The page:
Applied Economic Consultants

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Case Studies

Unocal Damages

Damages Analysis, Antitrust
United States District Court in the Central District of California

Unocal influenced California regulators to adopt regulations that, unbeknownst to regulators, conferred monopoly power upon Unocal.  applEcon quantified the resulting overcharges paid by California consumers, which helped class members to win a settlement of $48 million.

Unocal filed patent applications for certain gasoline formulations, and subsequently proposed that formulations covered by its patent applications be adopted as summertime fuel regulations by the California Air Resources Board (CARB), without disclosing to regulators that the formulations it proposed were covered by patent applications.  The patents were granted, and summertime fuel regulations were adopted that made it difficult for refiners to supply gasoline in California during the summer months without paying Unocal royalties.  Unocal enforced its patent rights, causing some refiners to pay royalties, and other refiners to incur costs to modify their gasoline formulations to avoid Unocal’s patents.  Later, Unocal dedicated the patents in question to the public in order to gain FTC approval for its merger with Chevron.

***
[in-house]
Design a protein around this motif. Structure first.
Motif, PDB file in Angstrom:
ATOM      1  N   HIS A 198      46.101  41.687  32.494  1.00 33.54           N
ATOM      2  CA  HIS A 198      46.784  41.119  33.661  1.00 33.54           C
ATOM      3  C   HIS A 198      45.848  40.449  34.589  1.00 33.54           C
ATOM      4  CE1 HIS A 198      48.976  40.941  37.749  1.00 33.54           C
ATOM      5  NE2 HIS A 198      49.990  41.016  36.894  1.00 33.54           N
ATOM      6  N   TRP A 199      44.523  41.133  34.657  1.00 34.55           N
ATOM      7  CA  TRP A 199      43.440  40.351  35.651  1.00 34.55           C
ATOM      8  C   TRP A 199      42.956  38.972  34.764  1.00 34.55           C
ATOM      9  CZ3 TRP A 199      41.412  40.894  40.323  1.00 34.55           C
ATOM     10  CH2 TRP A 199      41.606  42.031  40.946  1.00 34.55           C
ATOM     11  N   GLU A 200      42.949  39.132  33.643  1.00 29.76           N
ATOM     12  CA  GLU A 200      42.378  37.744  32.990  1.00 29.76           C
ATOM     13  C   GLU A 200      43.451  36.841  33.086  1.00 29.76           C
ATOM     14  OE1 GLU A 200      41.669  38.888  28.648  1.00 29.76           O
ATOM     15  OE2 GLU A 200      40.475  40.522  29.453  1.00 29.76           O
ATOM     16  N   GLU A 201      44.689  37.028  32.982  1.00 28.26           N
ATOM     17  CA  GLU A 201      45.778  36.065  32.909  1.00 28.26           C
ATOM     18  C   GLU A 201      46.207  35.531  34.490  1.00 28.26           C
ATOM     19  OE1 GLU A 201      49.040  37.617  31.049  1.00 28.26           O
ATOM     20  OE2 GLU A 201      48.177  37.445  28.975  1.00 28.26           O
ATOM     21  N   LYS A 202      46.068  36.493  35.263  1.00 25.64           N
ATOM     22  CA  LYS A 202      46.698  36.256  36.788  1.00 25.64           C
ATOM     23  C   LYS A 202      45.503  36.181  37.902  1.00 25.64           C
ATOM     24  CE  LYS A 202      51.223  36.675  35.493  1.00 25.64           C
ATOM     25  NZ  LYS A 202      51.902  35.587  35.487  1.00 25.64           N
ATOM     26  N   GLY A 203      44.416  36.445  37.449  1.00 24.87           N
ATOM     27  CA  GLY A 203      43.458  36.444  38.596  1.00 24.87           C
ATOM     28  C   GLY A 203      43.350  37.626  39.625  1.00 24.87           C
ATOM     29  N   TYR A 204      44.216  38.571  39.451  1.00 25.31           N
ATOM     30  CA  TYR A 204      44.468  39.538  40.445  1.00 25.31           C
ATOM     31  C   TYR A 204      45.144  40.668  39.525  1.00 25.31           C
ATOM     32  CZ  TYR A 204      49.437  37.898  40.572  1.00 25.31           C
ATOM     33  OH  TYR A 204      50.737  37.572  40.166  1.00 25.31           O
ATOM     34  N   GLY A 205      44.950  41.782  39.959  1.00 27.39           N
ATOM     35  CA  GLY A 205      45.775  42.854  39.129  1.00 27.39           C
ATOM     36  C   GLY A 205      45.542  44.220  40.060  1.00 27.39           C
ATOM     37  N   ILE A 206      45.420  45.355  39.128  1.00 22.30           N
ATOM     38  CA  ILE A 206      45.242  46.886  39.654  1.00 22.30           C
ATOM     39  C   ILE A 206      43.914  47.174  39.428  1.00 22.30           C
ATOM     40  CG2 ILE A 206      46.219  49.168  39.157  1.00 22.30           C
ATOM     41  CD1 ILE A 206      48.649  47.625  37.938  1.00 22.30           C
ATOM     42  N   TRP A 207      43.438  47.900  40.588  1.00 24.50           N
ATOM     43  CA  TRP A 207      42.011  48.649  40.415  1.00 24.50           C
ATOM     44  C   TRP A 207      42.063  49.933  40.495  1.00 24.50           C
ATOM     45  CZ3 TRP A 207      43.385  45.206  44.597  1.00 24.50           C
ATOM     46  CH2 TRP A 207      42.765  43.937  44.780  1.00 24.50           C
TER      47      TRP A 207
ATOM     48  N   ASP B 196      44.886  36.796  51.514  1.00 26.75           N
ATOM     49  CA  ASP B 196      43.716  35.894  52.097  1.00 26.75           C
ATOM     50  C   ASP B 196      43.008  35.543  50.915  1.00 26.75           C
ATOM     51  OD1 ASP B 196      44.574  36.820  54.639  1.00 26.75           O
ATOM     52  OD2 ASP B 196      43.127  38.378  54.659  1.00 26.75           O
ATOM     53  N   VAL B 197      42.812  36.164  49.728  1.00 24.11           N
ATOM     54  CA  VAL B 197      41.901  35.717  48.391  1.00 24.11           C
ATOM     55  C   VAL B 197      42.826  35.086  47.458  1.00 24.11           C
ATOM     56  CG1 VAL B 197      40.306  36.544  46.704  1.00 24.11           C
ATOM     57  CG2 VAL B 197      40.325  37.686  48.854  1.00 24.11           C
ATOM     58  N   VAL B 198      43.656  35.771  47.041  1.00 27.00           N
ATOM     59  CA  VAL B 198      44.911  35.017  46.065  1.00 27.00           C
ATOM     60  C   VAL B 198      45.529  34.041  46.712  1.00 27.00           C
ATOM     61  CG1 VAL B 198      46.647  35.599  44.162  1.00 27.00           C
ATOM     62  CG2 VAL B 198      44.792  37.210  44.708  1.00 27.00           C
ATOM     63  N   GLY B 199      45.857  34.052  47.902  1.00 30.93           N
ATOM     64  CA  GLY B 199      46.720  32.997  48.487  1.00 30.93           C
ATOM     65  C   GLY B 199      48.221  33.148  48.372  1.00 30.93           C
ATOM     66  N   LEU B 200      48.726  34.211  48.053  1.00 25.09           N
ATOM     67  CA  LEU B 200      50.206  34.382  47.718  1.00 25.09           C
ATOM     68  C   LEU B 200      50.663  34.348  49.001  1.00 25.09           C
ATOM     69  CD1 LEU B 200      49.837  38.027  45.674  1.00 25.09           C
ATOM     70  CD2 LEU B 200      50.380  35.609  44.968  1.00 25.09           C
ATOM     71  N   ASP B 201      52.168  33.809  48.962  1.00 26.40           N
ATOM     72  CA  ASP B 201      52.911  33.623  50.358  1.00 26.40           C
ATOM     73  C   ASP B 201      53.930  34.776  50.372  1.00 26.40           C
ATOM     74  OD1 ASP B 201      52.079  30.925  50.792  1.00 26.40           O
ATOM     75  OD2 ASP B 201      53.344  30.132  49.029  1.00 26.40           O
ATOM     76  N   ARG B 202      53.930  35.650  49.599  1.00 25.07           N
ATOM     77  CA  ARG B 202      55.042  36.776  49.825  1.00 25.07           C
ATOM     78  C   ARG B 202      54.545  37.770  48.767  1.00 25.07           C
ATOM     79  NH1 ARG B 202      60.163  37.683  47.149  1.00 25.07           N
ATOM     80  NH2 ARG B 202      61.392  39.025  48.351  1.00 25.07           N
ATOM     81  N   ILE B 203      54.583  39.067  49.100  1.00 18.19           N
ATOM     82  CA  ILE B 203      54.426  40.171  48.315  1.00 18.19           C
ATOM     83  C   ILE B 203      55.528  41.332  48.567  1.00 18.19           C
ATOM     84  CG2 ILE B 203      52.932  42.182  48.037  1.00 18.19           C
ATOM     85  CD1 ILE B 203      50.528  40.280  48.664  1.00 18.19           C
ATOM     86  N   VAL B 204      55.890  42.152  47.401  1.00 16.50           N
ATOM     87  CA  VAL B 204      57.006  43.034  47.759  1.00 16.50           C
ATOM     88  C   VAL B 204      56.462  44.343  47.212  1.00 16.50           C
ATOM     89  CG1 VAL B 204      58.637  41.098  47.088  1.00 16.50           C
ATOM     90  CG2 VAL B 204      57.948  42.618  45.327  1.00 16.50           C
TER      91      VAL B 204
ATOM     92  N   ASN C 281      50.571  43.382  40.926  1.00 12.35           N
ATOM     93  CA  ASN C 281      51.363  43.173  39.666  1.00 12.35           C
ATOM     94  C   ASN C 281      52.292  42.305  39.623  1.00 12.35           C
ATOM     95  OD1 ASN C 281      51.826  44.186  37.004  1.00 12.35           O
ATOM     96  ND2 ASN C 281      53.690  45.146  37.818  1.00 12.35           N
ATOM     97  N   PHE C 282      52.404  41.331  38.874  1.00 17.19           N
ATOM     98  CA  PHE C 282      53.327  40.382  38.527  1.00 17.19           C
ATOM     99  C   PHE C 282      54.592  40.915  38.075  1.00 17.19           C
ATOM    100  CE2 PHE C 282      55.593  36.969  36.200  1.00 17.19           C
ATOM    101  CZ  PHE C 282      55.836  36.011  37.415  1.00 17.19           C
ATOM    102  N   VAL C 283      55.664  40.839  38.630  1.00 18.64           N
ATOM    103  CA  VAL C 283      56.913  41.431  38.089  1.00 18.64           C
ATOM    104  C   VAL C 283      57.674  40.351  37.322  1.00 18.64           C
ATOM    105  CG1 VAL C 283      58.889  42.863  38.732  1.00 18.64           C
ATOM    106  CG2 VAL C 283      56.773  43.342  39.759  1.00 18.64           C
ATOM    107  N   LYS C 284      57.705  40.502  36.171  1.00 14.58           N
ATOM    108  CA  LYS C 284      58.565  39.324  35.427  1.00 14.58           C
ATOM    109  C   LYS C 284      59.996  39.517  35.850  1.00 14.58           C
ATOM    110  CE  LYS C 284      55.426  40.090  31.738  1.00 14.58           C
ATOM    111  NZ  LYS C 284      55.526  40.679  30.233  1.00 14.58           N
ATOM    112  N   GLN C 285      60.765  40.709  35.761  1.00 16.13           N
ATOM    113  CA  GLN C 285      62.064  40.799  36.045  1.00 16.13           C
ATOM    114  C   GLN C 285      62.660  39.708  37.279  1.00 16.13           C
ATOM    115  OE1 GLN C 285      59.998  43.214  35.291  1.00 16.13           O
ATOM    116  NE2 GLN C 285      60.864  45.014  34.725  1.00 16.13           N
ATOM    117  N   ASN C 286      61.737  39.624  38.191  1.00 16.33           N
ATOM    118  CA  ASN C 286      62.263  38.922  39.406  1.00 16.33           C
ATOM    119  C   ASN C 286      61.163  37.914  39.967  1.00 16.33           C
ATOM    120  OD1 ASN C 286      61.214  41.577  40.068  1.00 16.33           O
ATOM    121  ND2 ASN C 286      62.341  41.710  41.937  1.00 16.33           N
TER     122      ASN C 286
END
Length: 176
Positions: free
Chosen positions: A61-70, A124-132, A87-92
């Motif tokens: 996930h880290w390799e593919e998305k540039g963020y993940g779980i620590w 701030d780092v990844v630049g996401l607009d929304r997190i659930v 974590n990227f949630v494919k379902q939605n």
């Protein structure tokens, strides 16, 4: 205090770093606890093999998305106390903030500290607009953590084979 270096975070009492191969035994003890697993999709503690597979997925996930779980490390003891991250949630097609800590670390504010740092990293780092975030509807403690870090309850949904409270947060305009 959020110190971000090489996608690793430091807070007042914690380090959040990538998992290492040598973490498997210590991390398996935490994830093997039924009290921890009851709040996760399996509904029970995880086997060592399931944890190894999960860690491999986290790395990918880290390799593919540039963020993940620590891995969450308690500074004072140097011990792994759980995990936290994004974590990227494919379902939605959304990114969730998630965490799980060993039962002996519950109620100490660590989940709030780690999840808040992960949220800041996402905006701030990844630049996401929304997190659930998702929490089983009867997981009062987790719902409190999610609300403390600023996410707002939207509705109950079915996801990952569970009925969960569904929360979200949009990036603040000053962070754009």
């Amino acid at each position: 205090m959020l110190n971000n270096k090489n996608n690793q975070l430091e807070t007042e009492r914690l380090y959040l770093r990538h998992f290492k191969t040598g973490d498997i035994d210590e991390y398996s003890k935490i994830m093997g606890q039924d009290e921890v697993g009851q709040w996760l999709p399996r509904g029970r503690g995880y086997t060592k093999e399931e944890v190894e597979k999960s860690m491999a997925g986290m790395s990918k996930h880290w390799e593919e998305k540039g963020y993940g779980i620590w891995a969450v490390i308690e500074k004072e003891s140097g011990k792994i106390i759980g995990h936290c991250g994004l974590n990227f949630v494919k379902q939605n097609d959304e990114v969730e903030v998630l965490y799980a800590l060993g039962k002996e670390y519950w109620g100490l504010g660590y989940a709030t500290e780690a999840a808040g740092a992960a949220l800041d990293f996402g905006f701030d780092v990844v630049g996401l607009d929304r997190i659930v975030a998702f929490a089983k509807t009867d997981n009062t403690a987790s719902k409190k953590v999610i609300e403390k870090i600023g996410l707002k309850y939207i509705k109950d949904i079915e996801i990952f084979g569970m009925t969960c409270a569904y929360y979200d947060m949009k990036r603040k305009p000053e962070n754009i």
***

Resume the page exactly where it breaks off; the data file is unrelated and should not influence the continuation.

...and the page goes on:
Suit was brought by representatives of California gasoline purchasers alleging that Unocal achieved monopoly power in the market for CARB-compliant summertime reformulated gasoline (“summertime RFG”) by abuse of the regulatory process.  applEcon was engaged to calculate the overcharges for summertime RFG paid by class members due to Unocal’s monopolization.  Our analysis showed that, while gasoline prices in California are typically higher than in other regions, the California differential increased when Unocal began enforcing its patents, and decreased when Unocal stopped enforcing its patents.

To quantify the effect of Unocal’s conduct on California consumers, applEcon estimated an econometric model of the differential in California gasoline prices relative to prices in other regions of the country.  Our model controlled for the principal determinants of gasoline prices: the price of crude oil and other inputs to the gasoline production process, demand for gasoline, and state and federal gasoline regulations.  We found that Unocal’s conduct caused overcharges for wholesale summertime RFG in the range of 5 to 6 cents per gallon, and overcharges of roughly the same magnitude were paid by consumers in the retail market.

applEcon also supported the liability testimony of Professor Robert Hall in the Unocal case.